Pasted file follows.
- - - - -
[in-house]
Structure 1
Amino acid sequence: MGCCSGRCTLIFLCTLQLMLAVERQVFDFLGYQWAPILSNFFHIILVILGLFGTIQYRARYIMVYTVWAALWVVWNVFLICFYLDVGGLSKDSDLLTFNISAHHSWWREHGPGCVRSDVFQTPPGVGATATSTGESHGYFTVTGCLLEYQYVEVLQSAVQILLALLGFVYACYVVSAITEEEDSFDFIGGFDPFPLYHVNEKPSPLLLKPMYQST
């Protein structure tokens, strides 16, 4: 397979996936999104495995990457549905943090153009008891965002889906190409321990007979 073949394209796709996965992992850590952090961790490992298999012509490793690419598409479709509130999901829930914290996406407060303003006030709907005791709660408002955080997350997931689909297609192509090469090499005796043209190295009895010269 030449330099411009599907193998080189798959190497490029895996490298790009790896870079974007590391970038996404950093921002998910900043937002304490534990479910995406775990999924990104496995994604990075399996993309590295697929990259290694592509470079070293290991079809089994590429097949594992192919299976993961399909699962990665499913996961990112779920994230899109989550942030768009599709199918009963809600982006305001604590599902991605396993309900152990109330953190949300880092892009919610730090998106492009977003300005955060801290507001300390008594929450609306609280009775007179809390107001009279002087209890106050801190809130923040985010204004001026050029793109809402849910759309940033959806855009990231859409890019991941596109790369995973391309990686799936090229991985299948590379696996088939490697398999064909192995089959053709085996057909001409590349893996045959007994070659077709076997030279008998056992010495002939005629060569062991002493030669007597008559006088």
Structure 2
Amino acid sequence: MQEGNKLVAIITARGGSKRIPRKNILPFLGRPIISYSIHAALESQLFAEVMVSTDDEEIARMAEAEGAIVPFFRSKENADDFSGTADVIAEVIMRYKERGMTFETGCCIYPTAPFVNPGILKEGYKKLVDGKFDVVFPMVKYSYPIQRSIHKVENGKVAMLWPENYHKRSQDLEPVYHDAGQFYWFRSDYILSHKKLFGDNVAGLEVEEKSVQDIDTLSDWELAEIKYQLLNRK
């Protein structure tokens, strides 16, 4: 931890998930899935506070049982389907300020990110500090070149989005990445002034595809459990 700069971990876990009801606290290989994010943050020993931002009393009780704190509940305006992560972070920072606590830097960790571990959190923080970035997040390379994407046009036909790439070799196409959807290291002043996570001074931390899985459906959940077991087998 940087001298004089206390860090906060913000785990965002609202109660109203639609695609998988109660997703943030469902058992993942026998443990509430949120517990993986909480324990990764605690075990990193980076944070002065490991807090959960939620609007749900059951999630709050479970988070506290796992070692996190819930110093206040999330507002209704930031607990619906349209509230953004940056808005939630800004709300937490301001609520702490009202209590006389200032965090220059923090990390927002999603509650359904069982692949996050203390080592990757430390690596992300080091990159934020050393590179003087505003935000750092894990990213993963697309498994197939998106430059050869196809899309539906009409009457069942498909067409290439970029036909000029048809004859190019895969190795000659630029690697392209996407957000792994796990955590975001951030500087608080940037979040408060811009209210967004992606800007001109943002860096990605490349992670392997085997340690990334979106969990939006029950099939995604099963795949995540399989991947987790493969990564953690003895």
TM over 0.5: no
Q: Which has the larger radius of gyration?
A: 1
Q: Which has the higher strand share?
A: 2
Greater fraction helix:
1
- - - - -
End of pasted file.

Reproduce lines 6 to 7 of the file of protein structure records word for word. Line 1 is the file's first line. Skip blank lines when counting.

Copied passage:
Amino acid sequence: MQEGNKLVAIITARGGSKRIPRKNILPFLGRPIISYSIHAALESQLFAEVMVSTDDEEIARMAEAEGAIVPFFRSKENADDFSGTADVIAEVIMRYKERGMTFETGCCIYPTAPFVNPGILKEGYKKLVDGKFDVVFPMVKYSYPIQRSIHKVENGKVAMLWPENYHKRSQDLEPVYHDAGQFYWFRSDYILSHKKLFGDNVAGLEVEEKSVQDIDTLSDWELAEIKYQLLNRK
């Protein structure tokens, strides 16, 4: 931890998930899935506070049982389907300020990110500090070149989005990445002034595809459990 700069971990876990009801606290290989994010943050020993931002009393009780704190509940305006992560972070920072606590830097960790571990959190923080970035997040390379994407046009036909790439070799196409959807290291002043996570001074931390899985459906959940077991087998 940087001298004089206390860090906060913000785990965002609202109660109203639609695609998988109660997703943030469902058992993942026998443990509430949120517990993986909480324990990764605690075990990193980076944070002065490991807090959960939620609007749900059951999630709050479970988070506290796992070692996190819930110093206040999330507002209704930031607990619906349209509230953004940056808005939630800004709300937490301001609520702490009202209590006389200032965090220059923090990390927002999603509650359904069982692949996050203390080592990757430390690596992300080091990159934020050393590179003087505003935000750092894990990213993963697309498994197939998106430059050869196809899309539906009409009457069942498909067409290439970029036909000029048809004859190019895969190795000659630029690697392209996407957000792994796990955590975001951030500087608080940037979040408060811009209210967004992606800007001109943002860096990605490349992670392997085997340690990334979106969990939006029950099939995604099963795949995540399989991947987790493969990564953690003895």